A fascinating history of chicle production sheds light on the fragility of extractive industries
in Latin America
Chicle: The Chewing Gum of the Americas, from the Ancient Maya to William Wrigley
Jennifer P. Mathews, with Gillian P. Schultz
2009, University of Arizona Press
Reviewed by Gavin O’Toole
THE RISE and fall of the chicle industry in Mexico, Guatemala and Belize stands as a testament to the great potential of biodiversity in Latin America but also the unsustainable nature of so many extractive booms.
While contemporary gum companies such as Verve are nobly attempting to work directly with the remaining chicleros – the much-maligned chicle extractors with a legendary wild streak – in an effort to nurture a sustainable, modern boutique industry that provides forest people with viable incomes, the chicle boom, once worth billions of dollars, is well and truly over.
Like rubber latex, this natural product filled to overflowing the coffers of visionary US entrepreneurs, now hailed as pioneers of American capitalism, while the popularity of this product – as witnessed by the chewing gum stains that scar the floors of the world’s shopping centres – eventually germinated its own downfall. Hardly surprising that Leon Trotsky, the Bolshevik revolutionary, described the US habit of chewing gum as like a “silent prayer to God-Capital”.
Such was the demand and the scale of competition among gum producers in the heyday of chicle production in the 1930s, that in retrospect it seems inevitable that the forests of sapodilla trees whose secretion was so highly prized would be overexploited and synthetic substitutes would be developed.
Jennifer Mathews’ book provides a unique insight into the history of chicle exploitation from pre-Columbian times to the present. The author examines the use of the sapodilla tree in the Americas since the time of the Aztecs, who maintained strict social norms about chewing that obeyed gender and sexual mores. Men who chewed in public were considered effeminate, and prostitutes were identifiable by their constant clacking.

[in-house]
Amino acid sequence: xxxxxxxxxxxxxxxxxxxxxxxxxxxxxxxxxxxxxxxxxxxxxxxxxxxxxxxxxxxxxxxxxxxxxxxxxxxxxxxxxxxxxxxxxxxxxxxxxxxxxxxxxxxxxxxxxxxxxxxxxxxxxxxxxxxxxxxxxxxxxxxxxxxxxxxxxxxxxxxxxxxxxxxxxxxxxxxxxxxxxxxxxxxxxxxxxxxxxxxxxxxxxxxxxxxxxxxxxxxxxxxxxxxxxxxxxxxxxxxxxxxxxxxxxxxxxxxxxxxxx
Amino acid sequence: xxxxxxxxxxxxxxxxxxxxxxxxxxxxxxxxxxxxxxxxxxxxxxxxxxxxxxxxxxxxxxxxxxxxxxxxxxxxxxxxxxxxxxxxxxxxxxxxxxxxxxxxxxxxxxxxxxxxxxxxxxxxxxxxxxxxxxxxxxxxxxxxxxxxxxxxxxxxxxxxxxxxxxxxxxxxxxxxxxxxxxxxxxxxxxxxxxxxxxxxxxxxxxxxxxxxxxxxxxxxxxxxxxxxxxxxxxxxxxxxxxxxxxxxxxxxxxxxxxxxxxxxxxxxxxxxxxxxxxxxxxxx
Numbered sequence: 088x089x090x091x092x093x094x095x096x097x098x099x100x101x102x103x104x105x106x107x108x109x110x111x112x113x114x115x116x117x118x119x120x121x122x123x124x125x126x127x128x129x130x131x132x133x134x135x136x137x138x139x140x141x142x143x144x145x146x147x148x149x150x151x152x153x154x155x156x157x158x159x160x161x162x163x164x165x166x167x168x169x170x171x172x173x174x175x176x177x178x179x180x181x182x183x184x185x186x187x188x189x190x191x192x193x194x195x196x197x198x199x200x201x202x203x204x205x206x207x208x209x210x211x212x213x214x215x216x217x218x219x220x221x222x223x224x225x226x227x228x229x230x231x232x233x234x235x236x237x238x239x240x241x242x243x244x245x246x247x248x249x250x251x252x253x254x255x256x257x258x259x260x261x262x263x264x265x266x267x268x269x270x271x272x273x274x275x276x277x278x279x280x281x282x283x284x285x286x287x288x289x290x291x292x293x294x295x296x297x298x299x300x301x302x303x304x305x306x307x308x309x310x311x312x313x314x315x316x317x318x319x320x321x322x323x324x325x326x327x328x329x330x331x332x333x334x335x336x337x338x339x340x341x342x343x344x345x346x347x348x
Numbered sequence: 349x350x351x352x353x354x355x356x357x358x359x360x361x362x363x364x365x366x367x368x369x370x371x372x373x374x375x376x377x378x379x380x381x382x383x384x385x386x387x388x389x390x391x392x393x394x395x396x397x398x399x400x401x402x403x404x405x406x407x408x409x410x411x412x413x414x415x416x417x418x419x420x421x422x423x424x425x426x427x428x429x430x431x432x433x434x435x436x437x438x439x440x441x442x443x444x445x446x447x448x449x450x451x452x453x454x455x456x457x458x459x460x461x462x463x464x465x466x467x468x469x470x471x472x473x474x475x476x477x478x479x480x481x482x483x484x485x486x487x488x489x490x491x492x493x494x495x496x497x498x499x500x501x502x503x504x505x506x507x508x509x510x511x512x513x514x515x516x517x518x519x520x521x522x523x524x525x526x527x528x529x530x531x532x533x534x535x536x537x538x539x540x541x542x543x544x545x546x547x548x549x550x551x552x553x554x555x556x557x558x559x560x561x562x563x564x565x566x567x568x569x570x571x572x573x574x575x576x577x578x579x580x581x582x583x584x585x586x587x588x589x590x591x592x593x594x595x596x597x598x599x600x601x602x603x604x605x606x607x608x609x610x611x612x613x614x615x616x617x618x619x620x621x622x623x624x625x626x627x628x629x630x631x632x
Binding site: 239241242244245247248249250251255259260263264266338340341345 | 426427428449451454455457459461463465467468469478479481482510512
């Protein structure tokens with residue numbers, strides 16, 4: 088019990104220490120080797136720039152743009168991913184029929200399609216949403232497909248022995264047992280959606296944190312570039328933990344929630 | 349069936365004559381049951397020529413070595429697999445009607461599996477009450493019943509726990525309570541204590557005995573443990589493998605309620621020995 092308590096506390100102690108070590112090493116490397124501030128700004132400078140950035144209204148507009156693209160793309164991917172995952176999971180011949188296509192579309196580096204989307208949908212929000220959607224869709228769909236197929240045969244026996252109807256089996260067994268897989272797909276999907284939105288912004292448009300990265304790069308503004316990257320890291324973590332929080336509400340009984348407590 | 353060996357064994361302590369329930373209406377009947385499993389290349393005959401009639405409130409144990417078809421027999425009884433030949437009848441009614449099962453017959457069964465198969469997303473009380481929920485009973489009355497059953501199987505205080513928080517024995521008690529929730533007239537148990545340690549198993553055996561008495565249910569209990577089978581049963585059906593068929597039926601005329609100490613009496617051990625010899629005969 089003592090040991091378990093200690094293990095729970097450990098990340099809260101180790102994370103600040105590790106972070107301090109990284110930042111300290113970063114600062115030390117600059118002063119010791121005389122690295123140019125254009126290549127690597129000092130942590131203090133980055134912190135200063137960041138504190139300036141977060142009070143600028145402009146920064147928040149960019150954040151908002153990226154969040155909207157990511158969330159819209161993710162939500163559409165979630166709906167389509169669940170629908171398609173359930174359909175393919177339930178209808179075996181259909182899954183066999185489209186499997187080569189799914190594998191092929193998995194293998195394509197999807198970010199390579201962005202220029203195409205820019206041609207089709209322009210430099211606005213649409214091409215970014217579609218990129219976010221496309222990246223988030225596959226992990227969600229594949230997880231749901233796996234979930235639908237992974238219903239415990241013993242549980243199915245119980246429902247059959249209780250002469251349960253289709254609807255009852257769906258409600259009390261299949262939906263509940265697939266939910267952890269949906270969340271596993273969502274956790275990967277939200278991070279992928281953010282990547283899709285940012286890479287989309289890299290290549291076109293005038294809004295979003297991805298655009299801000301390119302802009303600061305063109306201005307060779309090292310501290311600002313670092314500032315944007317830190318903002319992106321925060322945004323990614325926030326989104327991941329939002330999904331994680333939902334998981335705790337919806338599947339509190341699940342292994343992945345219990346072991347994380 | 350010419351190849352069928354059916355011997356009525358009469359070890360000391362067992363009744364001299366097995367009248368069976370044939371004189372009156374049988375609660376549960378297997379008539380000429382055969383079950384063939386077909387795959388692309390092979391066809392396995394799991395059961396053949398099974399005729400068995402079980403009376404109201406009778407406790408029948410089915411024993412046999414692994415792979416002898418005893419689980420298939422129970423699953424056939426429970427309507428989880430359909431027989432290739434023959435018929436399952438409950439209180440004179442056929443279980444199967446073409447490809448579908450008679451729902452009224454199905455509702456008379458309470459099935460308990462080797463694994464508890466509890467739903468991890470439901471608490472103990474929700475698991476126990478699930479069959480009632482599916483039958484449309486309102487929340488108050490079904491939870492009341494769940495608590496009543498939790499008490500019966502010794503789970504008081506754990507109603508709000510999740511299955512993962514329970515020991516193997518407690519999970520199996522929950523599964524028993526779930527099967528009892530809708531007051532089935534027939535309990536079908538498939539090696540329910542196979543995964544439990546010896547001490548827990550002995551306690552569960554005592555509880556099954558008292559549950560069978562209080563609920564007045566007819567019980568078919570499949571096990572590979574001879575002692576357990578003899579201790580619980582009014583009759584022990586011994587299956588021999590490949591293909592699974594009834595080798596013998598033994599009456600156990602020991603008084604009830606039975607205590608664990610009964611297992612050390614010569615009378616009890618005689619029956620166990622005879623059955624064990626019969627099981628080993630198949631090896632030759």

Even today, chewing retains its social connotations, considered either cool or boorish depending on the context. Emily Post, an authority on etiquette whose name became synonymous in North America with good manners, refused to mention gum chewing in her work until the 1950s – 30 years after the publication of her bestseller Etiquette.
Mathews proceeds to explore in considerable detail the botany of the sapodilla – which is native only to Mesoamerica and the Caribbean but adaptable, enabling its propagation for fruit in the tropics of the Old World – as well as the lifestyles and habits of the legendary chicleros: hard-living and hard-drinking sons of toil.
But it is the corporate history sourcing the fortunes of the large gum barons that is perhaps the most interesting aspect of Chicle: The Chewing Gum of the Americas. Mathews documents both the stratospheric growth of such gum dynasties as the Adams and Wrigley clans while giving the reader great insights into the nature of the relationship between US capital and the Mexican countryside.
It was US entrepreneurs and salesmen who took the indigenous use of chicle into an expanding consumer market in the second half of the 19th century, commercialising its extraction and processing. William Wrigley set the standard in terms of marketing a product that nobody really required by pioneering the use of advertising to link it to popular culture – giving birth to a commercial dynasty whose regnant offspring is even today still ensured a place in the Forbes 400.